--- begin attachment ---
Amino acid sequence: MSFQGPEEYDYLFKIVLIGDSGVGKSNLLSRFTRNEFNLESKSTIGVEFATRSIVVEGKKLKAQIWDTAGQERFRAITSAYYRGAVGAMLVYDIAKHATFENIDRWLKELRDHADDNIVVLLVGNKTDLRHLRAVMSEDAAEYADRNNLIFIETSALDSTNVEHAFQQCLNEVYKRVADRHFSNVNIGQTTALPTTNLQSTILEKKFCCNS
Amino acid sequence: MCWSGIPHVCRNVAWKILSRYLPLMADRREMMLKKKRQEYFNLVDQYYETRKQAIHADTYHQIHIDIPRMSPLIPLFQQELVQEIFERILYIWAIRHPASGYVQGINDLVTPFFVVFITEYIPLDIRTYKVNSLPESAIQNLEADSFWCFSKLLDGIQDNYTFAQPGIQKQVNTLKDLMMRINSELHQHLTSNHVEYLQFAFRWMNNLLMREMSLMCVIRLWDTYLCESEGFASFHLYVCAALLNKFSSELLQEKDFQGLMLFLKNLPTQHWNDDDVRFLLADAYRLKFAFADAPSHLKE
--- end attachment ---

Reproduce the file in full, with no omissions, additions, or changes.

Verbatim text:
Amino acid sequence: MSFQGPEEYDYLFKIVLIGDSGVGKSNLLSRFTRNEFNLESKSTIGVEFATRSIVVEGKKLKAQIWDTAGQERFRAITSAYYRGAVGAMLVYDIAKHATFENIDRWLKELRDHADDNIVVLLVGNKTDLRHLRAVMSEDAAEYADRNNLIFIETSALDSTNVEHAFQQCLNEVYKRVADRHFSNVNIGQTTALPTTNLQSTILEKKFCCNS
Amino acid sequence: MCWSGIPHVCRNVAWKILSRYLPLMADRREMMLKKKRQEYFNLVDQYYETRKQAIHADTYHQIHIDIPRMSPLIPLFQQELVQEIFERILYIWAIRHPASGYVQGINDLVTPFFVVFITEYIPLDIRTYKVNSLPESAIQNLEADSFWCFSKLLDGIQDNYTFAQPGIQKQVNTLKDLMMRINSELHQHLTSNHVEYLQFAFRWMNNLLMREMSLMCVIRLWDTYLCESEGFASFHLYVCAALLNKFSSELLQEKDFQGLMLFLKNLPTQHWNDDDVRFLLADAYRLKFAFADAPSHLKE